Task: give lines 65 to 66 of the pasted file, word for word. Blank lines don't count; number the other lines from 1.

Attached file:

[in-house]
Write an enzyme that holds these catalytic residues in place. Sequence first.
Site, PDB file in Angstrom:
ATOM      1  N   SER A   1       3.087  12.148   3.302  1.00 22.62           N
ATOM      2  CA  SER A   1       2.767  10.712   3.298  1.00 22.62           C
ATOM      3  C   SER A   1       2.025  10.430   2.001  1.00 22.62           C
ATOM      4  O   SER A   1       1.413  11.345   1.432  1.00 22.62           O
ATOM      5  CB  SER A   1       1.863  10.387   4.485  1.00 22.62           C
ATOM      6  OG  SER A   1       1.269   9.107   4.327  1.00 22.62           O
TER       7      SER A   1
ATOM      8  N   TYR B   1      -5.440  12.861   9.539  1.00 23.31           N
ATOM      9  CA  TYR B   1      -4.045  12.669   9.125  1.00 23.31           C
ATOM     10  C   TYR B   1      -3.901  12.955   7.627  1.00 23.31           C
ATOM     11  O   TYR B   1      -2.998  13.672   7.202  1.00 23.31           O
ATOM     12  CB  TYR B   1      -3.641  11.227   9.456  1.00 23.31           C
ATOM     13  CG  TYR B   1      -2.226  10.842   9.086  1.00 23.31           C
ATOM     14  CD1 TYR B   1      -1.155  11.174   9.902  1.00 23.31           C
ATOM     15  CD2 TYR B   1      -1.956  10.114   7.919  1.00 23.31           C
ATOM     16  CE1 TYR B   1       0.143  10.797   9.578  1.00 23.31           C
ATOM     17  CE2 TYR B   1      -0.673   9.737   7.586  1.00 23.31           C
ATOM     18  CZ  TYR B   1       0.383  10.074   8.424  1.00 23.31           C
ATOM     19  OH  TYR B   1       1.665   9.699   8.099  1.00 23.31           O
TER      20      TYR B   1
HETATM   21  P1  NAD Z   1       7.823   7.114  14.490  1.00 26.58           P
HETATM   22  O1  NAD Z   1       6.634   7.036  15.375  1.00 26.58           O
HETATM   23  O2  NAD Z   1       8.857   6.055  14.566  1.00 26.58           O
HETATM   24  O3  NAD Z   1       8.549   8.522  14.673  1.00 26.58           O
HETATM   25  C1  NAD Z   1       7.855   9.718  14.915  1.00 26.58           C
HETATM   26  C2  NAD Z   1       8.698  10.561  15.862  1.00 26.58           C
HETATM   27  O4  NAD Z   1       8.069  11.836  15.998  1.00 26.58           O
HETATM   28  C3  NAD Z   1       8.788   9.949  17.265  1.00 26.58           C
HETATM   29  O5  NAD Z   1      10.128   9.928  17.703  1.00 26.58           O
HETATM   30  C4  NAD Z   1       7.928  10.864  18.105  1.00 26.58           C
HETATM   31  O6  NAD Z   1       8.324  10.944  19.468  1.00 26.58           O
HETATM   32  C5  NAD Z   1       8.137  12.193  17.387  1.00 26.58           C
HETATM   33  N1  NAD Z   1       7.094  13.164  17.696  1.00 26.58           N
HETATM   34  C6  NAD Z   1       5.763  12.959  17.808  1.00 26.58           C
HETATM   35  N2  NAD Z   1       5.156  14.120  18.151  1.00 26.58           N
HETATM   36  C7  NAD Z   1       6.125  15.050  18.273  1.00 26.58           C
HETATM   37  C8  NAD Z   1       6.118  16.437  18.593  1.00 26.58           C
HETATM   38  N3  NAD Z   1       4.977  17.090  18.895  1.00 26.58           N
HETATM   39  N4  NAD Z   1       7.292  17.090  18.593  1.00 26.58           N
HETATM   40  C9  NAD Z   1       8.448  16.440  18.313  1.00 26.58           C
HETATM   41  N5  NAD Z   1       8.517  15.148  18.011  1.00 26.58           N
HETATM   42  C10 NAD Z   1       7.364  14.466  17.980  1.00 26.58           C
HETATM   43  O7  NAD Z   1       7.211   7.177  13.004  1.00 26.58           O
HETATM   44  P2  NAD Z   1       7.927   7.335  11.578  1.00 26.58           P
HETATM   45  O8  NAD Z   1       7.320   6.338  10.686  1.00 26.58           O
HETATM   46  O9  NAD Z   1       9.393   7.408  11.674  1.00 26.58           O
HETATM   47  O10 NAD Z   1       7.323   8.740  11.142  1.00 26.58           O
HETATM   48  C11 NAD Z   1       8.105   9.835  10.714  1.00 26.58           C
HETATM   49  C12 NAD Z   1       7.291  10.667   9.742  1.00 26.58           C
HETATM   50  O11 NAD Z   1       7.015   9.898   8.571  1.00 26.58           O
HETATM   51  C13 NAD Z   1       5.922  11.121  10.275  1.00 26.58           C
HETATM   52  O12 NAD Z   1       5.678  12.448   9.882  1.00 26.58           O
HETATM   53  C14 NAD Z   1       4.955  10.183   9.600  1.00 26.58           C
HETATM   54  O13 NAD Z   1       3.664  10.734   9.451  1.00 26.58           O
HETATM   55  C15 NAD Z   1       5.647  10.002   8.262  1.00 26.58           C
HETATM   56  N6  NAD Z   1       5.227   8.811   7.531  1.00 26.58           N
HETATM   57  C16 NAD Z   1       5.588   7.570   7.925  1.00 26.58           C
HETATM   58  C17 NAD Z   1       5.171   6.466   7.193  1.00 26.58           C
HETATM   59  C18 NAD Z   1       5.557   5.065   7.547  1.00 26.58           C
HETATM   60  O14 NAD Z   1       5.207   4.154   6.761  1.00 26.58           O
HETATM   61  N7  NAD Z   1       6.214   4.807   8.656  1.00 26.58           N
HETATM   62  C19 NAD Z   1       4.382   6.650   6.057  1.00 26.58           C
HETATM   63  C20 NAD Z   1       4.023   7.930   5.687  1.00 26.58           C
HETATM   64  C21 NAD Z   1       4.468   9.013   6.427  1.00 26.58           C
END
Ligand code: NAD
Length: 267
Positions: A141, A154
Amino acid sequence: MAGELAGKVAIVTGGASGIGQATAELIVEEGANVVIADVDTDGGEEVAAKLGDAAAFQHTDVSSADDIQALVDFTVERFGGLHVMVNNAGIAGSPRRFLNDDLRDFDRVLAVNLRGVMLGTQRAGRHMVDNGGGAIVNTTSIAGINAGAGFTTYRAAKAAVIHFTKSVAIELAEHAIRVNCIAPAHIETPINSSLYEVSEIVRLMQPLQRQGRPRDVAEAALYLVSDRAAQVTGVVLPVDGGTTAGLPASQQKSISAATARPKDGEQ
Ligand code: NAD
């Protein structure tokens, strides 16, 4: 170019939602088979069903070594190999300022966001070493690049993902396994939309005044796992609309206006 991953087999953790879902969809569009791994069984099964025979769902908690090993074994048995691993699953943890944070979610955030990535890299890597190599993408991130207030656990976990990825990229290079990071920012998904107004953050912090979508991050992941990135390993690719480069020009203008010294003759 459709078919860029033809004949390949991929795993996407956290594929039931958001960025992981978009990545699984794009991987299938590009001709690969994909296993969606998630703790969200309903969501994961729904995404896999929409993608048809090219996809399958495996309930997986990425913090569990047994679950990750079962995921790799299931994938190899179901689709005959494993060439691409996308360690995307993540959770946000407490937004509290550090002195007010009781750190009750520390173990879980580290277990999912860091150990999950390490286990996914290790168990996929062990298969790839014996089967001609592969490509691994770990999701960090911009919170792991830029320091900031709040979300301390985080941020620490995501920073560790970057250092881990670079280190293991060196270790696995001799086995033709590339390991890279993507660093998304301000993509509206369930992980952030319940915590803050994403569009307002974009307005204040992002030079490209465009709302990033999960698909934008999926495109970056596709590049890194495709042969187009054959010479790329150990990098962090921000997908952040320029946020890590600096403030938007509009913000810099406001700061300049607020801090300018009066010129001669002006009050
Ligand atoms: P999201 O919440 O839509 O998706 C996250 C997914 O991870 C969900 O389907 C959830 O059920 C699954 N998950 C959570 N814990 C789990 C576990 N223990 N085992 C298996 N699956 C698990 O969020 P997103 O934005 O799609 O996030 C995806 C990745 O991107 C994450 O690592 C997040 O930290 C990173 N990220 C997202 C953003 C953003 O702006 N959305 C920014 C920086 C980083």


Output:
HETATM   62  C19 NAD Z   1       4.382   6.650   6.057  1.00 26.58           C
HETATM   63  C20 NAD Z   1       4.023   7.930   5.687  1.00 26.58           C